The Certified Paralegal (CP)

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The Certified Paralegal (CP) certification is a key to success, respect, and opportunity throughout the legal profession. Here’s why:

  • Known as a national professional standard for paralegals 
  • Acknowledged by the American Bar Association as a mark of excellence 
  • More than 47 paralegal organizations acknowledge the CP as the definitive paralegal certification 
  • Responsive to the needs of paralegals and the fact that this form of self-regulation is necessary to strengthen and expand the development of this career field
  • A positive, ongoing, voluntary program to encourage the growth of the paralegal profession, attesting to and encouraging a high level of achievement

For over 45 years, NALA’s Certified Paralegal Program has been recognized both nationally and internationally. It has received recognition from both the National Commission for Certifying Agencies and the American Bar Association. On April 30, 2014, the NCCA granted accreditation to our program, making us its only accredited Certified Paralegal Program. Our CP credential has also been acknowledged by the American Bar Association as a mark of high professional achievement. With our acknowledgments, we pride ourselves on our professionalism, while still maintaining lasting relationships with our Certified Paralegals.

The Certified Paralegal Program sets paralegals apart in the workplace. Having the certification from NALA sets you up as an industry leader capable of contributing to your company every day.  As making the decision to apply for the Certified Paralegal Exam is a commitment, please take some time to review the Certification Process to determine if the NALA CP Certification fits your career goals.

Successful completion of both exam sections (Knowledge and Skills) is required to obtain the CP credential. In order to apply for the CP Program, a paralegal must first be eligible. Once an applicant has been approved, they will then proceed with taking the CP Exam.

To be eligible to take the CP Exam, you must meet one of the following requirements:

  • Enrolled in or graduated from a paralegal program
  • Obtained a bachelor’s degree in any field
  • Five years of experience as a paralegal

Our program consists of two exams, Knowledge and Skills, that you can read more about in this section.

If you have any questions, please contact us at testing@nala.org or 918-587-6828.


The National Commission for Certifying Agencies has accredited the NALA Certified Paralegal Program for a five-year period, expiring in 2024.

Founded in 1975, NALA is a professional association providing continuing education and professional certification to paralegals. Currently, over 8,900 paralegals may use the Certified Paralegal (CP) designation. The CP credential has been awarded to over 20,000 paralegals in its span of over 45 years. The Certified Paralegal (CP) Program is the first NCCA-accredited certification program that serves the legal community.

NALA’s Certified Paralegal Program received NCCA accreditation in 2014 by submitting an application demonstrating the program’s compliance with NCCA’s Standards for the Accreditation of Certification Programs. NCCA is the accrediting body of the Institute for Credentialing Excellence (I.C.E.). The NCCA standards require demonstration of a valid and reliable process for development, implementation, maintenance, and governance of certification programs. NCCA uses a rigorous peer-review process to establish accreditation standards, evaluate compliance with the standards, recognize organizations/programs that demonstrate compliance, and serve as a resource on quality certification.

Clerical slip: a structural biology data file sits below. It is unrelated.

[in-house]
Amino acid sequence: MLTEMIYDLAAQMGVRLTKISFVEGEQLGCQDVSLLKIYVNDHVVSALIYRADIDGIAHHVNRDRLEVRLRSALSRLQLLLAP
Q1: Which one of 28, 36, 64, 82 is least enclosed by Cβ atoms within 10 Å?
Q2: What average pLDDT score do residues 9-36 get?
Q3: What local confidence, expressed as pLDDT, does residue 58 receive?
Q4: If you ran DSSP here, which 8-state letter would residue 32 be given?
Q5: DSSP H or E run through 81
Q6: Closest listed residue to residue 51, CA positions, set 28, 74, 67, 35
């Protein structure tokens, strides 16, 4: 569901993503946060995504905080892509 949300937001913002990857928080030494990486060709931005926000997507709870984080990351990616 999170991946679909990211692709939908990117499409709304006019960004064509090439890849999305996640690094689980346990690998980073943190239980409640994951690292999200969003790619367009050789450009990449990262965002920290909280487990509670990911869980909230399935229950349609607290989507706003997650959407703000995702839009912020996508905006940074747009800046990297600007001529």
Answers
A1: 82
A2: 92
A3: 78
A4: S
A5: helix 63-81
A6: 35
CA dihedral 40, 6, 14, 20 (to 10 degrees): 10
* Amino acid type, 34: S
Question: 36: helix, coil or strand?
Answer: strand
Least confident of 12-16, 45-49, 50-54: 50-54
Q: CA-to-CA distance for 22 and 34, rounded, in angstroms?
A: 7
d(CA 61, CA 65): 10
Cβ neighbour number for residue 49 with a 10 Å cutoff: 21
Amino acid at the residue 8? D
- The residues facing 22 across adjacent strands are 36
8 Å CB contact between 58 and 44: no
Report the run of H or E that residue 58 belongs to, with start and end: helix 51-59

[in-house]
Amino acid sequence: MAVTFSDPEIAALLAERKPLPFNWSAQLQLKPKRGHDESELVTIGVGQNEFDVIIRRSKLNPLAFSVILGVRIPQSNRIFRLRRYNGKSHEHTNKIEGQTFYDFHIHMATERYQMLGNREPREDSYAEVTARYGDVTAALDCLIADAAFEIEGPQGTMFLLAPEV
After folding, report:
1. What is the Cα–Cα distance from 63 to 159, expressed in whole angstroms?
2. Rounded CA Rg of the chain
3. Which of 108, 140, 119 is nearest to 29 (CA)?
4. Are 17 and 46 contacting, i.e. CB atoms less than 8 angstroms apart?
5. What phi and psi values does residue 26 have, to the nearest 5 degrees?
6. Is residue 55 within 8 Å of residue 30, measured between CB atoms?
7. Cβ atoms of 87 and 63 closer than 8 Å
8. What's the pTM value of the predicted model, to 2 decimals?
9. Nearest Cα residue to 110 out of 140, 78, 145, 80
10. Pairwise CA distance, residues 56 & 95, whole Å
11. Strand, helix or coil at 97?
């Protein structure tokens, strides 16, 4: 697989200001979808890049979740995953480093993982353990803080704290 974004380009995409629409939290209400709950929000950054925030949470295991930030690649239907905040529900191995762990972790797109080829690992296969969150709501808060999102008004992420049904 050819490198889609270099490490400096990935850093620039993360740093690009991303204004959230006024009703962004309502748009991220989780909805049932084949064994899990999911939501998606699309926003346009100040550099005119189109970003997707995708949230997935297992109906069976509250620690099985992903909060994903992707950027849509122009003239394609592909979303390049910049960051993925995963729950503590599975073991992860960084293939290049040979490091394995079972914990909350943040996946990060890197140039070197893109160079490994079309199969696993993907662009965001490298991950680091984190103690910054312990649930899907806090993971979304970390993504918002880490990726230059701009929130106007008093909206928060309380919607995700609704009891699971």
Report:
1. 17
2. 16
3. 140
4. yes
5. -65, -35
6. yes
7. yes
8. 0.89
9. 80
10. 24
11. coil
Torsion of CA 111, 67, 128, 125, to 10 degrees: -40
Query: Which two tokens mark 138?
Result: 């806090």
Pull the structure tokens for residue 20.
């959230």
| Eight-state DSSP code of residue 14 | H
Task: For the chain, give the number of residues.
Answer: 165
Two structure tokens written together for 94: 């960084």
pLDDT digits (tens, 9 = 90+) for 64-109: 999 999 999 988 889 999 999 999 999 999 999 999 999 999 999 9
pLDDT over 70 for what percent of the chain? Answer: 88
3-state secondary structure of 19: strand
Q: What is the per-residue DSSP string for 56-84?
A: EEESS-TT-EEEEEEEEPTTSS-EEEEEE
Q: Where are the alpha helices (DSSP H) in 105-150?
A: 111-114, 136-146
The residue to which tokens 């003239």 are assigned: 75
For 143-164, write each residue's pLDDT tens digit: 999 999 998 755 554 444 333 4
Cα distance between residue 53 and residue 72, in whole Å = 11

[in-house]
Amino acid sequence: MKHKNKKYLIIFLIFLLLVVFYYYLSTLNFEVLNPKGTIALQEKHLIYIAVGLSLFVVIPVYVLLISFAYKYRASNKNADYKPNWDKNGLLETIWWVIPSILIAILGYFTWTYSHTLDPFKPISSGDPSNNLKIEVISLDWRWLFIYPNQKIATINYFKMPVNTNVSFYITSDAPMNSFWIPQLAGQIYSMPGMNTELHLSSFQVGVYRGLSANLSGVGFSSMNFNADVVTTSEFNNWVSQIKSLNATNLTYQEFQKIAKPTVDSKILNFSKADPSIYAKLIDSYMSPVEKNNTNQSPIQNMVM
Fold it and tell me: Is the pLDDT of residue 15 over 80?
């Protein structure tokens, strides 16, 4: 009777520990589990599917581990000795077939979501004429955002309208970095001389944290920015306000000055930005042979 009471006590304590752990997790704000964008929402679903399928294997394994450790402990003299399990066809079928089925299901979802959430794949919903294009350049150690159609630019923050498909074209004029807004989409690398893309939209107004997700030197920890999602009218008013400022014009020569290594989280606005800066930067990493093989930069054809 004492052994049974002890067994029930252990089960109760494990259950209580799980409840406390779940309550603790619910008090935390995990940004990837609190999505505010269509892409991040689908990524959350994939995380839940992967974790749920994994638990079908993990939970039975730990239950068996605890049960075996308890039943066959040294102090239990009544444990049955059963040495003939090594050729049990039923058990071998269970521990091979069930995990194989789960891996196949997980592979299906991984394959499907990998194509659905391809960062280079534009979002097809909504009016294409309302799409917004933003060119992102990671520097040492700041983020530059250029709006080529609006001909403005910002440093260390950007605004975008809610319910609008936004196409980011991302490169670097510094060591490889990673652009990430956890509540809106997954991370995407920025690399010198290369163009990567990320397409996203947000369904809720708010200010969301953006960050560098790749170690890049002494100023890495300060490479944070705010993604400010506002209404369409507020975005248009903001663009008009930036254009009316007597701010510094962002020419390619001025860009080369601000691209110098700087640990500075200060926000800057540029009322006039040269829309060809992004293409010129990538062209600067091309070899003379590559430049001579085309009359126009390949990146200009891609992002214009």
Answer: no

The NCCA standards cover all aspects of the certification program, including administration, assessment development, and recertification. Since 1987, the NCCA has been accrediting certifying programs based on the highest quality standards in professional certification to ensure the programs adhere to modern standards of practice in the certification industry.

NCCA standards are consistent with the Standards for Educational and Psychological Testing (AERA, APA, & NCME, 1999) and are applicable to all professions and industries. To maintain accreditation, organizations are required to submit annual reports to NCCA and undergo a reaccreditation every five years.

Accreditation provides third-party oversight of an assessment system. It provides a mechanism for associations to demonstrate to the profession they represent, and the general public they serve, that their credentialing program has been reviewed by a panel of impartial experts who have determined that the program has met the stringent standards set by the credentialing community. NCCA accreditation provides organizations with a way to answer the question, “Who reviewed your certificate or certification program?” This question is often posed by members of an occupation, employers, and sometimes even the courts.

There are more than 270 NCCA-accredited programs that certify individuals in a wide range of occupations, including nurses, financial professionals, respiratory therapists, counselors, and emergency technicians. I.C.E.’s mission is to advance credentialing through education, standards, research, and advocacy to ensure competence across professions and occupations. NCCA was founded as a commission whose mission is to help ensure the health, welfare, and safety of the public through the accreditation of a variety of certification programs that assess professional competence.

I.C.E. and NCCA are located at 2025 M Street, N.W., Suite 800, Washington, DC 20036-3309; phone 202.367.1165; fax 202.367.2165; website

Certifying Board Mission Statement

The NALA Certifying Board is committed to providing the national professional standard for paralegals and to constantly improve and evolve national paralegal certification accreditation and standards to demonstrate the necessary knowledge, skills, and integrity required to practice as a certified paralegal.  

Vision Statement

The premier national certification credential for paralegals.

The NALA Certifying Board for paralegals is responsible for the content, standards, and administration of the Certified Paralegal Program. It is composed of attorneys, paralegal educators, and paralegals who have received a Certified Paralegal designation.